Service flag football is led by the connection of senior captains Greta Helgeson and Zoe Witter

After a 1-2 start to the season, flag football team Service High has won seven of its last eight games, including a six-game winning streak.

One of the main reasons for their turnaround was the leadership and production of senior team captains Greta Helgeson and Zoe Witter.

“I think we have a really good bond this year,” Witter said. “The team chemistry has been really good and we had a tough start, but we just built on it and try to improve with every game.”

The two share a strong bond off the pitch and a deadly connection on the pitch. This report caused several defenses around the Cook Inlet conference headaches.

“I think we have a great girl group, everyone works hard and puts in effort and I think when some people miss certain days, others pick it up,” Helgeson said.

Helgeson is the Cougars’ starting quarterback and has thrown for 1,063 passing yards and 15 touchdowns on just three interceptions in 11 games.

“She knows all the games, she knows where everyone should go, that’s just her,” service coach Tony Maldonado said.

He praised Helgeson for her intelligence, solid arm strength, knowledge of routes and where to throw the ball on every play. He also said she had pocket presence, which is key in making the quick decisions. required.

In flag football, blockers are only allowed to get in the way of the opposing team’s rushers by standing and dragging in their path, so quarterbacks have to get the ball out quickly or give themselves more time to throw while scrambling.

“She’s a pocket passer,” Maldonado said. “We have deployments, but she can definitely sit in the pocket and watch. When feathered, you have to let it go in a second.

Service beat East flag football

Helgeson holds a lot of team activities when players get together outside of school and practice, Maldonado said.

Witter recorded 810 all-purpose yards in 11 games, including 125 rushing, 510 receiving and 175 on seven punt returns. She also caught seven touchdown passes and is a force on the other side of the ball as well.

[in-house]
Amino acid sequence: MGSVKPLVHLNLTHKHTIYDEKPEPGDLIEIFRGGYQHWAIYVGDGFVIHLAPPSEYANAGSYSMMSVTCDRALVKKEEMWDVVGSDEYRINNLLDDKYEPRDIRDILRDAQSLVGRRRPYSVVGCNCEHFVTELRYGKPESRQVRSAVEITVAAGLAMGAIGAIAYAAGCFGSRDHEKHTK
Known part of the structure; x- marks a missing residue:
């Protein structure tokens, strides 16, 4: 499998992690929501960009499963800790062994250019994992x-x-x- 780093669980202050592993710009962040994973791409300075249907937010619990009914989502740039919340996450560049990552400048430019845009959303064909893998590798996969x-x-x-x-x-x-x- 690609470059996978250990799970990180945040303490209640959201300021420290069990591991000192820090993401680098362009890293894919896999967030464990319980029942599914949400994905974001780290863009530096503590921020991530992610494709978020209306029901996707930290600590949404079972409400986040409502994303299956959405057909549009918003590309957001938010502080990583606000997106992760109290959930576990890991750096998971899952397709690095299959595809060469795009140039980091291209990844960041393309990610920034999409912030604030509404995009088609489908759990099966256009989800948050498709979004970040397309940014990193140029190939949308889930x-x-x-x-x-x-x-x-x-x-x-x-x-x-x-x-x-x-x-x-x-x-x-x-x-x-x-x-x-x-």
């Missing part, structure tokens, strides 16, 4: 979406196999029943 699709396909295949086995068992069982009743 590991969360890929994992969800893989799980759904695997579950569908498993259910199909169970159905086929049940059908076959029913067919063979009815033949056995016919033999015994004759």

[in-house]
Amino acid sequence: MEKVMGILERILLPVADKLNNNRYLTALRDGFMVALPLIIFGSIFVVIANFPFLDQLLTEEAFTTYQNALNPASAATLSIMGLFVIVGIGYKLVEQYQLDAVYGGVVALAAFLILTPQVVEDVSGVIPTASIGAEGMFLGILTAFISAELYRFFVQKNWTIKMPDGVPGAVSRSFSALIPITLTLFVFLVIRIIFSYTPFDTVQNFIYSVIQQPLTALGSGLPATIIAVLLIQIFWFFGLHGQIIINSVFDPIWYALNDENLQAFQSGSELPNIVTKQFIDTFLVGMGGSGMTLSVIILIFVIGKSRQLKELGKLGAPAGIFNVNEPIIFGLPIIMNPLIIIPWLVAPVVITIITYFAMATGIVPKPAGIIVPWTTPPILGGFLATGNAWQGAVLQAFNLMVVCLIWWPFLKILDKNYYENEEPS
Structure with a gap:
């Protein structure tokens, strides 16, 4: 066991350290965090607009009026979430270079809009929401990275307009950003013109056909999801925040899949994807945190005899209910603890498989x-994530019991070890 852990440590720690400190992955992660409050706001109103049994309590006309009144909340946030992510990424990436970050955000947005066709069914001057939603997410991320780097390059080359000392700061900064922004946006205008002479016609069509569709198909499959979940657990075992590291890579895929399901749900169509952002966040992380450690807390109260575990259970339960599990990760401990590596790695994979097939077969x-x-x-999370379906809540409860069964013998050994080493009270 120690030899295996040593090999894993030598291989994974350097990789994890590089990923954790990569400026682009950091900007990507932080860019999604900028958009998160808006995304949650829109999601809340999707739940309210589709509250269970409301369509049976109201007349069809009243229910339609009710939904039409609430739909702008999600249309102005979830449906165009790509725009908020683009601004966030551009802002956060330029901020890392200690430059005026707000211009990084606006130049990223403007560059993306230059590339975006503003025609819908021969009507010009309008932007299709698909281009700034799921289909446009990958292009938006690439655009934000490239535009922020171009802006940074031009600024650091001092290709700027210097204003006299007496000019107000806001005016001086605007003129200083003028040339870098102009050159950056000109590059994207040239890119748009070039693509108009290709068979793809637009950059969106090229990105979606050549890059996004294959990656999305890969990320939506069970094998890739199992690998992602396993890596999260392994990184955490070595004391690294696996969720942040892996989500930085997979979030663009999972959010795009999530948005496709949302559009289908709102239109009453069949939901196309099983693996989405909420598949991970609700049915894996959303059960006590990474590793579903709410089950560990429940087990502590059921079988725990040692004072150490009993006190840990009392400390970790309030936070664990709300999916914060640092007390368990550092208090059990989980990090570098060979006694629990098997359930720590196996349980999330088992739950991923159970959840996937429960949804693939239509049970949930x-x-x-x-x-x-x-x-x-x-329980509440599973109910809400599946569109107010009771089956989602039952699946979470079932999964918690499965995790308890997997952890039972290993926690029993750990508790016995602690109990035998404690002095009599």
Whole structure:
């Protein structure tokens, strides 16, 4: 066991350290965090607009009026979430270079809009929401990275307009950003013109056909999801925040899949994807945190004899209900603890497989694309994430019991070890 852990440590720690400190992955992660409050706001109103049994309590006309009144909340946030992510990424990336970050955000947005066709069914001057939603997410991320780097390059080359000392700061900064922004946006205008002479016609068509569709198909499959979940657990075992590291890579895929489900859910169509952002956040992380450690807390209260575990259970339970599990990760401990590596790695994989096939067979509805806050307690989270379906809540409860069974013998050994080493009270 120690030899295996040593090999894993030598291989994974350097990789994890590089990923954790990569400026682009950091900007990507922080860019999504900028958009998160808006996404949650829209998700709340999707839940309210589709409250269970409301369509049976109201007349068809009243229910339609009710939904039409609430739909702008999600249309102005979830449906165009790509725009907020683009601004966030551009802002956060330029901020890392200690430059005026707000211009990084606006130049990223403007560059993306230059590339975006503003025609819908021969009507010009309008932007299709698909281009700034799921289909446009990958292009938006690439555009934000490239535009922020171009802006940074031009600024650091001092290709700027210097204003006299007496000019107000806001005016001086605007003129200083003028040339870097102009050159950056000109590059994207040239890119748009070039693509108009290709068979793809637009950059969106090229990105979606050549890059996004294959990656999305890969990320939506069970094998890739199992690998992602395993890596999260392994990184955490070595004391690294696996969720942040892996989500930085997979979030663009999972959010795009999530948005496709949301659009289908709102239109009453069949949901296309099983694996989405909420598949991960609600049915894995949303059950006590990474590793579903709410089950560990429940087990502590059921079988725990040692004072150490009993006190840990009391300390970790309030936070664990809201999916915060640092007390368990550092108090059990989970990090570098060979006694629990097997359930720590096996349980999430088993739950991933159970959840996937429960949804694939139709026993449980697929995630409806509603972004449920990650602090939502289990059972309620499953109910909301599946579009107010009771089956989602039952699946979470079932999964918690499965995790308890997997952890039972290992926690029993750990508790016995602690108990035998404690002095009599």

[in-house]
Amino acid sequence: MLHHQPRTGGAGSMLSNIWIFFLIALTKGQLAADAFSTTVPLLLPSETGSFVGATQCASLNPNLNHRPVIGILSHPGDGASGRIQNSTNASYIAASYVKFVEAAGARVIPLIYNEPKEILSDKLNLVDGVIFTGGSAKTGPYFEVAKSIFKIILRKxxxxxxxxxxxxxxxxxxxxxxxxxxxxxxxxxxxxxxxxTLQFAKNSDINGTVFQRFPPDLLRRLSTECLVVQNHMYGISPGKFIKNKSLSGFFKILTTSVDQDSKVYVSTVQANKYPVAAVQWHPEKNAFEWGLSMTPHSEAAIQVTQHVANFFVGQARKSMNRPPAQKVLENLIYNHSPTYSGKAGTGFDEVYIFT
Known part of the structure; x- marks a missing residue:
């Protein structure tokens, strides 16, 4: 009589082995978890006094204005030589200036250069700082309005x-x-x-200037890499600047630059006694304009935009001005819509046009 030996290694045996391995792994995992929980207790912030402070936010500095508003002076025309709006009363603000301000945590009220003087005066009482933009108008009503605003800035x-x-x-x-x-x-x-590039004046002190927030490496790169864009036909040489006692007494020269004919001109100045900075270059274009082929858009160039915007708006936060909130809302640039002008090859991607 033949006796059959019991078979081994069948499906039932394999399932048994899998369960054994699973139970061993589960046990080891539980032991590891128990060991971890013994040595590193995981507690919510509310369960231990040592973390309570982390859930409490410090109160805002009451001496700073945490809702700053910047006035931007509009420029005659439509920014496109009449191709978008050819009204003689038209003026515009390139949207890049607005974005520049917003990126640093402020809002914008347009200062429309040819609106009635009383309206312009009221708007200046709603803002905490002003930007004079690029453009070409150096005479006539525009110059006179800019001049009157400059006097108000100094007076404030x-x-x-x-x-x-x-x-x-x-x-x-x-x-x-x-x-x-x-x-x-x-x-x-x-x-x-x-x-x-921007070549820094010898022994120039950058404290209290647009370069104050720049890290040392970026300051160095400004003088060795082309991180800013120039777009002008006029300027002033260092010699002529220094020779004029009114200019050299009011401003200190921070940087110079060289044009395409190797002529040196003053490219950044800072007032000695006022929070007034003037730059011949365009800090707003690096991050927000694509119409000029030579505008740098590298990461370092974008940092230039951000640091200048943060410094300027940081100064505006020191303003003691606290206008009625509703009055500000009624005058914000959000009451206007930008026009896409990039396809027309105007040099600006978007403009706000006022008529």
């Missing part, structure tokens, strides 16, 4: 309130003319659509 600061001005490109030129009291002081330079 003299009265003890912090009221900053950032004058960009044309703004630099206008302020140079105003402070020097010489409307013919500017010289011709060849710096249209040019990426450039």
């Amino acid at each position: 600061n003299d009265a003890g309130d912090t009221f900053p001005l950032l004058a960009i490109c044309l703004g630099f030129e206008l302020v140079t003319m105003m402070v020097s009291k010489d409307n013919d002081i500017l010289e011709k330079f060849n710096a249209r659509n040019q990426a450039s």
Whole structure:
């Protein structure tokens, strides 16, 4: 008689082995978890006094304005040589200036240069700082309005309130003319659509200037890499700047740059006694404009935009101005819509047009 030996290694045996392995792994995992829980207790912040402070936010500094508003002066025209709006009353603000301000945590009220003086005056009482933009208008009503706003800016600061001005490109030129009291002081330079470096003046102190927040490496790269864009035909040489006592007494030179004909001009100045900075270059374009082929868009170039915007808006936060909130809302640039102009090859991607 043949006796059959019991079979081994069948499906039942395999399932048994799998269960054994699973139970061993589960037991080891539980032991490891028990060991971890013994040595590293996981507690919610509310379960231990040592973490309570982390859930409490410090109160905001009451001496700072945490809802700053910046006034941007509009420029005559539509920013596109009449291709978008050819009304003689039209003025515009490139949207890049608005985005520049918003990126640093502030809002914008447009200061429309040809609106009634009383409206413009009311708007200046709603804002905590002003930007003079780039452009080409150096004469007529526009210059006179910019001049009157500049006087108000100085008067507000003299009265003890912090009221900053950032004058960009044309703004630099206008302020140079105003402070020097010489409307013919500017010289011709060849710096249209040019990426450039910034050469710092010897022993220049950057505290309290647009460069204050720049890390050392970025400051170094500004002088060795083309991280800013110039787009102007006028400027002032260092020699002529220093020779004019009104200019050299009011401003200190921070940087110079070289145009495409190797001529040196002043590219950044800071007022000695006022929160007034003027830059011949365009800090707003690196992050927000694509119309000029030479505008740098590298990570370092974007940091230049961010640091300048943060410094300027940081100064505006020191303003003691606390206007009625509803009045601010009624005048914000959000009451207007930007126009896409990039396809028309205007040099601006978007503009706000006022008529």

In the team’s 12-6 win over Betty Davis East on Tuesday, Witter recorded two interceptions, returning the first for 34 yards and the second for a 44-yard touchdown.

Helgeson said their connection has grown stronger over the years, in part because Witter is such a confident receiver.

“We get on well and I think we’re both working on what we need to work on,” Helgeson said.

Their coaches try to isolate Witter when she is in attack to understand what the opposing defense is doing and where to go with the ball and what are the best matchups.

“We’ll separate them and then go back under sometimes as well,” Maldonado said.

His two-steal game against the Thunderbirds brings his total to 14 for the season in 11 games, including three returned for defensive scores. She also has 29 flag pulls which are the flag football equivalent of tackles in traditional full-contact football.

Get into flag football

Witter is a football player by trade and chose flag football as her fall sport after trying and not liking cross-country running as a rookie.

“It wasn’t my thing, and then my friends just invited me to join flag in my sophomore year and that’s how it went,” she said.

Being allowed to use her hands in a sport took some getting used to for Witter, who credits her football background for the agility she displays on the open field.

“It was difficult to learn to catch the ball, but once you do, it’s a lot easier,” she said.

Service beat East flag football

Helgeson, on the other hand, comes from a solid background in football and his family.

“I grew up around football,” Helgeson said. “My dad played soccer when he was in high school, my brother played soccer and went to college to play soccer, and I’ve been playing flag since I was seven.”

His older brother Henry graduated from the service in 2020 and while he was a two-sport star in football and basketball, he shone brightest on the gridiron.

As a senior, he was named Cook Inlet State and Conference Offensive Player of the Year, earned first-team all-state honors as a wide receiver. He now attends Valparaiso University, where he is a member of the soccer team and also plays catcher there.

Helgeson said football was her favorite sport and she was a huge Minnesota Vikings fan.

She was happy to have the opportunity to continue playing flag football when she arrived in high school and made the most of it.

“She has schools that are interested in her playing flag in college, so hopefully one of them will pick her up,” said Maldonado, who also coached her brother. “I think they will.”

He said Witter had several colleges recruiting her to play top-level football.

Biggest win to date

Perhaps the most significant victory for the Cougars in the first 11 games of the season was their 14-13 loss to rival Hillside South on Sept. 1.

“It was like the best feeling in the world,” Witter said.

The serve trailed by seven points with less than a minute left in the game and capped an 80-yard winning run with a touchdown pass from none other than Helgeson to his favorite target Witter.

“We had less than 10 seconds, it was fourth, we took our last time out and said ‘hit Zoe’,” Maldonado said. “(Helgeson) hit her and she took off and ran.”

The two connected again on the two-point conversion play as Helgeson tossed the ball over Witter’s outside shoulder for a successful attempt.

“They are our main rival,” Helgeson said. “Playing them and having a tight close game and then just taking over at the end for an 80-yard drive was really crazy and I think we all really built on that as a team.”

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